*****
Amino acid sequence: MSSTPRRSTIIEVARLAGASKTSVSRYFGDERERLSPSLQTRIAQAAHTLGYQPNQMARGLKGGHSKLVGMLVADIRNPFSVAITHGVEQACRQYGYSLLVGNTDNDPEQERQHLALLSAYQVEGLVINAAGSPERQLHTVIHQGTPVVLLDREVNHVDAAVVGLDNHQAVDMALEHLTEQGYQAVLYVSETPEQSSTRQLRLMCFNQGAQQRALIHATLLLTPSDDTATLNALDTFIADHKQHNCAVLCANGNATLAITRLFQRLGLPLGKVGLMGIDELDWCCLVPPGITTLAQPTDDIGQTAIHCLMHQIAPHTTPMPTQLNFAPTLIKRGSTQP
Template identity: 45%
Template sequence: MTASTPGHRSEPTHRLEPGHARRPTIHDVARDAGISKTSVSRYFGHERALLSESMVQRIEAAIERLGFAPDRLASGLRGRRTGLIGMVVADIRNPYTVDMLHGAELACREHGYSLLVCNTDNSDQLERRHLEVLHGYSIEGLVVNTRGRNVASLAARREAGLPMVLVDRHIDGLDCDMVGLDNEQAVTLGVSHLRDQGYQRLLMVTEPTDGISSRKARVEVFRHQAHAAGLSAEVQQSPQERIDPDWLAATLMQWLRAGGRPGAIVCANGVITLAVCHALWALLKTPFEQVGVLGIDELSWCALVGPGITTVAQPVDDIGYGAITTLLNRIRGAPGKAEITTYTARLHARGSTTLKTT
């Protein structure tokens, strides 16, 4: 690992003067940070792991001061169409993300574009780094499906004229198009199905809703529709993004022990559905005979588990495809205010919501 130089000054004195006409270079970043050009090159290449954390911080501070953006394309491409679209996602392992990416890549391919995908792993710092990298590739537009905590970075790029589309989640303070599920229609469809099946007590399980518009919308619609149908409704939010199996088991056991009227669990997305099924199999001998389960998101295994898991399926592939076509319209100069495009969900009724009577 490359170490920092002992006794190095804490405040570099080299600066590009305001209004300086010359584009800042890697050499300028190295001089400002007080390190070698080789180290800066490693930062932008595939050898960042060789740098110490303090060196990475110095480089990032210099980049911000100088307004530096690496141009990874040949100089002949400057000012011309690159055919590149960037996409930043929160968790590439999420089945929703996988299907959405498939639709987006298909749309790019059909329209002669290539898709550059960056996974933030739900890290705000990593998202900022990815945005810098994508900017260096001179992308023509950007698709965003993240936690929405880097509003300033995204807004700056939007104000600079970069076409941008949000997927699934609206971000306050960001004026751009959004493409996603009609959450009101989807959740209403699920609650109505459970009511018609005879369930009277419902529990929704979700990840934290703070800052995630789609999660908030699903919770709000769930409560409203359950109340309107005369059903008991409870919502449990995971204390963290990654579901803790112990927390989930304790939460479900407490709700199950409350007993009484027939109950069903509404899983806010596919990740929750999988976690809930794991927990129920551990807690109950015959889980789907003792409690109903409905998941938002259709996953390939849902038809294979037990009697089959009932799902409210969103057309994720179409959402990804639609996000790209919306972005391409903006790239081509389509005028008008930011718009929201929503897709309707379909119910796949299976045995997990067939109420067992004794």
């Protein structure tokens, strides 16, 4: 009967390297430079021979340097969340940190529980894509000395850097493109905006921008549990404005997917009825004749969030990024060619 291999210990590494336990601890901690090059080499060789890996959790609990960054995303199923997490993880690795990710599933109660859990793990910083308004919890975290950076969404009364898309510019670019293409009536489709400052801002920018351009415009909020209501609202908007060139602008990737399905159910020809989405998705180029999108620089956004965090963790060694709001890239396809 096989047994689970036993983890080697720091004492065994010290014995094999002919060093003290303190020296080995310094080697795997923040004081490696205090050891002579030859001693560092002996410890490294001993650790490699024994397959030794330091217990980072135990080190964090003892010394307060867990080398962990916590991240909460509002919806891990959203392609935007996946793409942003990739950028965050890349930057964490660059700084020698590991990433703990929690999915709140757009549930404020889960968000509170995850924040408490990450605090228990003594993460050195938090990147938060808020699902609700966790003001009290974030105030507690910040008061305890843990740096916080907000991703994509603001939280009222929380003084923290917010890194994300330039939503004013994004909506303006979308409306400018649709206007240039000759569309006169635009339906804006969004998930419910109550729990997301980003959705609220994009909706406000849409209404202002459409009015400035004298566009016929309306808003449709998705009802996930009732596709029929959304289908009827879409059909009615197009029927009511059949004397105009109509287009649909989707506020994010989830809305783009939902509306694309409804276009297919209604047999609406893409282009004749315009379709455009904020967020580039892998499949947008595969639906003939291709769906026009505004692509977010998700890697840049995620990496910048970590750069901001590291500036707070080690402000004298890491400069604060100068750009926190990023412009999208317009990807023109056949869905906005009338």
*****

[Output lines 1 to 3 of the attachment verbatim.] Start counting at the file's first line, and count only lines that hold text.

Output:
Amino acid sequence: MSSTPRRSTIIEVARLAGASKTSVSRYFGDERERLSPSLQTRIAQAAHTLGYQPNQMARGLKGGHSKLVGMLVADIRNPFSVAITHGVEQACRQYGYSLLVGNTDNDPEQERQHLALLSAYQVEGLVINAAGSPERQLHTVIHQGTPVVLLDREVNHVDAAVVGLDNHQAVDMALEHLTEQGYQAVLYVSETPEQSSTRQLRLMCFNQGAQQRALIHATLLLTPSDDTATLNALDTFIADHKQHNCAVLCANGNATLAITRLFQRLGLPLGKVGLMGIDELDWCCLVPPGITTLAQPTDDIGQTAIHCLMHQIAPHTTPMPTQLNFAPTLIKRGSTQP
Template identity: 45%
Template sequence: MTASTPGHRSEPTHRLEPGHARRPTIHDVARDAGISKTSVSRYFGHERALLSESMVQRIEAAIERLGFAPDRLASGLRGRRTGLIGMVVADIRNPYTVDMLHGAELACREHGYSLLVCNTDNSDQLERRHLEVLHGYSIEGLVVNTRGRNVASLAARREAGLPMVLVDRHIDGLDCDMVGLDNEQAVTLGVSHLRDQGYQRLLMVTEPTDGISSRKARVEVFRHQAHAAGLSAEVQQSPQERIDPDWLAATLMQWLRAGGRPGAIVCANGVITLAVCHALWALLKTPFEQVGVLGIDELSWCALVGPGITTVAQPVDDIGYGAITTLLNRIRGAPGKAEITTYTARLHARGSTTLKTT